The first objective of creating a stronger community of believers among the staff of religious services provides a necessary condition of authenticity for the success of religious services. During the three year team process of developing the new mission statement and plan the religious services staff became more courageous, open, honest, and supportive with each other around the day to day difficulties, pains, successes and failures of their ministries. The chaplains realized that the more successfully they could provide a model for the difficult task of working together in a caring community among themselves, the more effective and authentic their ministry to inmates would be. Thus, to foster community and health, the chaplains included personal rejuvenating time in their plan and activities to increase mutual support.
At first sight the second goal of enhancing the administration of religious services has little to do with whether or not religion and spirituality work in prisons. But the administrative skills of the chaplains who must pastor and co-ordinate the large numbers of volunteers, religious programs and inmates that we saw in the Lieber study, are crucial to programs success. To test and guide the development of the management skills of the Oregon prison chaplains we administered a "time mastery profile" to all of the chaplains. Using this instrument, which assesses a person's management skills and helps him or her to develop them, the Oregon chaplains successfully improved (tested again after six months) most of their management abilities.
The third objective -- to awaken and/or deepen the spiritual and religious well-being of the inmates we serve from intake through re-entry into the community - is perhaps the most crucial one. The Oregon Department of Corrections is in the process of creating an "incarceration plan" with specific objectives for every inmate who comes into the system. This plan will guide an inmate in the process of developing the particular skills and attitudes he or she will need to be successful upon their release. For those inmates who wish it, this incarceration plan will include a spiritual and religious component.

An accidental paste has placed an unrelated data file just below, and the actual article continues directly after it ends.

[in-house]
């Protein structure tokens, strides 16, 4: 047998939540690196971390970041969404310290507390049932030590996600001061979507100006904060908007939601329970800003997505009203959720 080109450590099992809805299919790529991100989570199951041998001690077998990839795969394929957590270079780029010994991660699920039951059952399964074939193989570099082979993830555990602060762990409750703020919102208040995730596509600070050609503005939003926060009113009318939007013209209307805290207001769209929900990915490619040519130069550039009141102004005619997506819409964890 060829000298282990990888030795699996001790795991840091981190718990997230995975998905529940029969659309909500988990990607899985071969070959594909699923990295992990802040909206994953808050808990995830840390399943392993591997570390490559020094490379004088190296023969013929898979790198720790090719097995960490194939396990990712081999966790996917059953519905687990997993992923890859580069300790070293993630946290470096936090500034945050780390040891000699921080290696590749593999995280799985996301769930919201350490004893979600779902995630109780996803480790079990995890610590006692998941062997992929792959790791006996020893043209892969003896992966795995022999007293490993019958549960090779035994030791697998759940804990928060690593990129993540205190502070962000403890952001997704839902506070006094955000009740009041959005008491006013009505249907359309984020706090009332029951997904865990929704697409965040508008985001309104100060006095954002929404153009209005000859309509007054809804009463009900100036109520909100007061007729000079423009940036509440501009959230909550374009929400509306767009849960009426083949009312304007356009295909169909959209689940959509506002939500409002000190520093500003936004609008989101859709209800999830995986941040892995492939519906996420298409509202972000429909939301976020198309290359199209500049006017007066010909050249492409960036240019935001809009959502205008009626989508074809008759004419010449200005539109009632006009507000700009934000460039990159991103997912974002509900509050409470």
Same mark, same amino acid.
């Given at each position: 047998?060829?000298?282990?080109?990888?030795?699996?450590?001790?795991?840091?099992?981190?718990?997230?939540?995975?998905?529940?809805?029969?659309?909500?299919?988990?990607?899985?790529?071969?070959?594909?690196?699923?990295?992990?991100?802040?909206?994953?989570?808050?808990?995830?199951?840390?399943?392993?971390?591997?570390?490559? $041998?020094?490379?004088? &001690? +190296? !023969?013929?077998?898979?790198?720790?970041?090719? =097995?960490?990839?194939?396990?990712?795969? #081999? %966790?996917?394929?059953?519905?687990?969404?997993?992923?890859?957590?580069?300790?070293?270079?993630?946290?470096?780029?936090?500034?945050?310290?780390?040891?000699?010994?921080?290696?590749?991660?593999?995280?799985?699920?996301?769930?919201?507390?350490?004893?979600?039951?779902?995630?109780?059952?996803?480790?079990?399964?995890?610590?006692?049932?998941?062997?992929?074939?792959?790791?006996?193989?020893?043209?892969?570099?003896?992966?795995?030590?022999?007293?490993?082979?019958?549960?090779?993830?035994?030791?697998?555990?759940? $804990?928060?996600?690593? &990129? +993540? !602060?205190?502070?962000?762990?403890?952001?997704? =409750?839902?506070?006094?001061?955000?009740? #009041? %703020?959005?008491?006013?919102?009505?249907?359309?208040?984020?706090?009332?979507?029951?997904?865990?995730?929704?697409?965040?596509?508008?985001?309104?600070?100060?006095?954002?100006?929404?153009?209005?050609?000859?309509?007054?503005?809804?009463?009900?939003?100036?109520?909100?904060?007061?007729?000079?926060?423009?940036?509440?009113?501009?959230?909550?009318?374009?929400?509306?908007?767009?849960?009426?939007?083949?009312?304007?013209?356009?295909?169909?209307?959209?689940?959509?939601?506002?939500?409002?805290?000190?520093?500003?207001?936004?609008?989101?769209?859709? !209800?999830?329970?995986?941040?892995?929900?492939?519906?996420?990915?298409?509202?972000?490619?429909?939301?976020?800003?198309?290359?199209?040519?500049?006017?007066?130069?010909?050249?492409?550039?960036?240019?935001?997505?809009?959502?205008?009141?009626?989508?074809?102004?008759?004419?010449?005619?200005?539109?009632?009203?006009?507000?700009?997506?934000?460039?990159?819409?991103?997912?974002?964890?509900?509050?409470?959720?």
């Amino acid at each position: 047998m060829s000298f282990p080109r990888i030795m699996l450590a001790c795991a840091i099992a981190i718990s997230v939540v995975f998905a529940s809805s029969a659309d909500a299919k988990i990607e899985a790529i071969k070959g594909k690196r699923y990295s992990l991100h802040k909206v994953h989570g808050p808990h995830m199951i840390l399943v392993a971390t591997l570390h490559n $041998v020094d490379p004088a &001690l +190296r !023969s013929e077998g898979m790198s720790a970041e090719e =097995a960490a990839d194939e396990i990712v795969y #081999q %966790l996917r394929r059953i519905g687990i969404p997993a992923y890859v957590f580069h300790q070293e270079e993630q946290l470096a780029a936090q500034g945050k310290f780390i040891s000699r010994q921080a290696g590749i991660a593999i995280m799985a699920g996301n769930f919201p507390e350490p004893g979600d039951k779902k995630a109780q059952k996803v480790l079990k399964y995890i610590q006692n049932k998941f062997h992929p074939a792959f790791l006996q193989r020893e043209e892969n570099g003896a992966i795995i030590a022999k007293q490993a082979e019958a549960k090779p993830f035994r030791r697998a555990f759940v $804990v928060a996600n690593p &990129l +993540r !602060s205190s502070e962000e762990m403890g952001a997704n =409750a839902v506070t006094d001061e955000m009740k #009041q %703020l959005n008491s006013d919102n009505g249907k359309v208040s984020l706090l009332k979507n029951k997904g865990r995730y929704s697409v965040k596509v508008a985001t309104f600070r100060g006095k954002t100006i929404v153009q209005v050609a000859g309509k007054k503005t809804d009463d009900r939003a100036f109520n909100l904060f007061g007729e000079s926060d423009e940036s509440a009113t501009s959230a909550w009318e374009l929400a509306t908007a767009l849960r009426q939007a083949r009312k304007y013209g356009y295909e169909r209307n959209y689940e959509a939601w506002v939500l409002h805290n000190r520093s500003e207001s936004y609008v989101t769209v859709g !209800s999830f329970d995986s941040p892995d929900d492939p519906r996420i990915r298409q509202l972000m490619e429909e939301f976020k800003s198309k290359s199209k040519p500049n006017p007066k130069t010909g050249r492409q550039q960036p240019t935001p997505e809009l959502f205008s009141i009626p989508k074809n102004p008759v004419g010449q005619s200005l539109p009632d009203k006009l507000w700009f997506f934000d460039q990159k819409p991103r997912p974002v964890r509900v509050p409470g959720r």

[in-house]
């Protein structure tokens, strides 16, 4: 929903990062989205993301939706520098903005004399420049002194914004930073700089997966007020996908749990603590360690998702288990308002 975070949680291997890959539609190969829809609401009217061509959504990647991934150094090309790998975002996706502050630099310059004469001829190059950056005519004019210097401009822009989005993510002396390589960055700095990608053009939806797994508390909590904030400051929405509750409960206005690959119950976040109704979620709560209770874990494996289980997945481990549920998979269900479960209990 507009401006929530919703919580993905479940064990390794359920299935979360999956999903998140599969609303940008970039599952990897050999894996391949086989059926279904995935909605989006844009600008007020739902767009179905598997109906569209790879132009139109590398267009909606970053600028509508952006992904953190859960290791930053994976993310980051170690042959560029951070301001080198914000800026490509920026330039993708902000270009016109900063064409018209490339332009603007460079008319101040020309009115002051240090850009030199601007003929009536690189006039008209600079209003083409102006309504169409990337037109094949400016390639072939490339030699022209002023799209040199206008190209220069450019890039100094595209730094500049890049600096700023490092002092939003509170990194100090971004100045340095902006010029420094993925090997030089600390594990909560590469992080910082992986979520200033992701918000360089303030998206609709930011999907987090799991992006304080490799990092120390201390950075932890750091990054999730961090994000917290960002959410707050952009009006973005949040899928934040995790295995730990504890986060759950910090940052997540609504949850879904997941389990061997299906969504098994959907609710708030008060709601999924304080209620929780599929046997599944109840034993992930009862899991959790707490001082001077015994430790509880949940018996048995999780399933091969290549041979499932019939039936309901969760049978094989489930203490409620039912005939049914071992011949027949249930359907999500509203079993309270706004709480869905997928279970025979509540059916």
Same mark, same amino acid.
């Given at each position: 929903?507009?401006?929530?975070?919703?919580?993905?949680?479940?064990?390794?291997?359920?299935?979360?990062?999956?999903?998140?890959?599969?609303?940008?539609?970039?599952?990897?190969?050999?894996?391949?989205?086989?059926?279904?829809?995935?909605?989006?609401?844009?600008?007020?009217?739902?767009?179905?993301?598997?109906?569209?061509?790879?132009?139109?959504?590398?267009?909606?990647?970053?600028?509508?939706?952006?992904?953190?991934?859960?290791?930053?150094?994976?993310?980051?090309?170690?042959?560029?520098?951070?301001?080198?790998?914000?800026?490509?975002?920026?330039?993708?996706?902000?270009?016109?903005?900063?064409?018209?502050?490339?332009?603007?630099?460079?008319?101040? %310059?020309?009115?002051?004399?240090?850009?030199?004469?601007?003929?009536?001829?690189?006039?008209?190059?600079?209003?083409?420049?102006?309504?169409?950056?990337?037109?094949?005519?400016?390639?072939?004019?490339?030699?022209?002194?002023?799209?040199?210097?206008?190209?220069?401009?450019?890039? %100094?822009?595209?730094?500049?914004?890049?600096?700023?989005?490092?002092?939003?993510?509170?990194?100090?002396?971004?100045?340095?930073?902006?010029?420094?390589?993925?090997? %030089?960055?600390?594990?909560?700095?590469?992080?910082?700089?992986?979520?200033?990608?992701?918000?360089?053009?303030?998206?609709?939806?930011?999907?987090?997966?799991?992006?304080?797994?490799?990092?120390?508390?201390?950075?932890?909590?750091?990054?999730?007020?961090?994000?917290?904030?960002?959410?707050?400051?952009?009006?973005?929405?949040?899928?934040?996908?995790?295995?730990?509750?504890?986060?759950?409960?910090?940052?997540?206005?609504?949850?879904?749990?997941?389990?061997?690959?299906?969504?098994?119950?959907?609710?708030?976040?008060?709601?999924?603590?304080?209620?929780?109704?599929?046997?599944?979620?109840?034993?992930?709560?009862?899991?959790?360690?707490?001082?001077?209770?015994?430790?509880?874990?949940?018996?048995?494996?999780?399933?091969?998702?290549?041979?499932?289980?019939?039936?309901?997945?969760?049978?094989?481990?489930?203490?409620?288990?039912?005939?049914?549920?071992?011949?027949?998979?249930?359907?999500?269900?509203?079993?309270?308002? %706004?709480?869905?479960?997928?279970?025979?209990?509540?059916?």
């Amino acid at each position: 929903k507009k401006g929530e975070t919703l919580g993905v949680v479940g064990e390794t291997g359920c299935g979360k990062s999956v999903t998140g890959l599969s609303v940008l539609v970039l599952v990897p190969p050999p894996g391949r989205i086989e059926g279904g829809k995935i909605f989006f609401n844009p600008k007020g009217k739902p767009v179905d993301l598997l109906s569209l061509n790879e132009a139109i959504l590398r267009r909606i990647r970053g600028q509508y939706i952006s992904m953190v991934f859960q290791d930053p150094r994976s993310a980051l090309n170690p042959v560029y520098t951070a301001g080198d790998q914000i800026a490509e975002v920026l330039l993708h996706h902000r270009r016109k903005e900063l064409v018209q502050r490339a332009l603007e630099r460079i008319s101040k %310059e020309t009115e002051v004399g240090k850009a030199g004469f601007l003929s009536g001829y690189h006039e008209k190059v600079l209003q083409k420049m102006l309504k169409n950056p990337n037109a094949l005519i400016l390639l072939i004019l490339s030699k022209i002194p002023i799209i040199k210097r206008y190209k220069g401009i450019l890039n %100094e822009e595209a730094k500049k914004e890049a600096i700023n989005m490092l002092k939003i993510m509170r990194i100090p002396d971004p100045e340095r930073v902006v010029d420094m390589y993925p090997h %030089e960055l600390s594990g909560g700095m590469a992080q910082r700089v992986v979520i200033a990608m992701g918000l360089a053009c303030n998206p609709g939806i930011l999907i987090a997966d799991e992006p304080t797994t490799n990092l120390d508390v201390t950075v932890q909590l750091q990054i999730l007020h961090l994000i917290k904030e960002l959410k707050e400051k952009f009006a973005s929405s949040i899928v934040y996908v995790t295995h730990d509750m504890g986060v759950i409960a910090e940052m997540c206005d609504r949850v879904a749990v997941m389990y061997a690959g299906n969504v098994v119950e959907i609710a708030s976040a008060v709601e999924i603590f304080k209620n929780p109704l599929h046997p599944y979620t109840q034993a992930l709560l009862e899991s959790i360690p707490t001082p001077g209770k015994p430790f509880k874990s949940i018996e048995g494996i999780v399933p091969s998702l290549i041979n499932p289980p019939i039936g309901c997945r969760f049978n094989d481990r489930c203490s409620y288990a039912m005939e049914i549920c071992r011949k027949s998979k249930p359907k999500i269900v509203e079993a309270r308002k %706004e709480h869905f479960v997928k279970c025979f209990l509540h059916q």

The fourth objective concerns the quality and standing of the religious volunteers within the ODOC. Training of and measuring the quality of volunteers in terms of their counseling and ministry skills will be given greater priority under this objective. The fifth objective -- to make relationships and procedures within the Department more ethical and compassionate - seeks to increase the specific moral and spiritual role of the chaplains as the schooled voice of conscience within the Department.
To document progress and refine quality in its entire ministry, religious services is developing an elaborate information tracking system. The challenge over the coming years is to set up a system of measurement that will enable religious services to answer questions about each of its five priority areas. For example, can you tell us if and how you were able to awaken and/or deepen the spiritual and religious well-being of those you served and did this deepening translate into a reduction in recidivism? As some of the first empirical studies in the developing U.S. penal system in the early 1800's were done by chaplains, it is exciting to see that states like Oregon and South Carolina are continuing that tradition in ways that promise to yield cumulative and progressive results over time.

Thomas P. O'Connor,
Administrator, Religious Services
Oregon Department of Corrections
Terry L. Brooks
Chief, Pastoral Care Services Branch
South Carolina Department of Corrections
Fr. Michael W. Sprauer
Oregon Department of Corrections

This paper was first presented at and then published by the American Correctional Association in The State of Corrections - 1999 Proceedings, ACA Annual Conference.
Printed with permission of the American Correctional Association, Lanham, Maryland. 800-222-5646.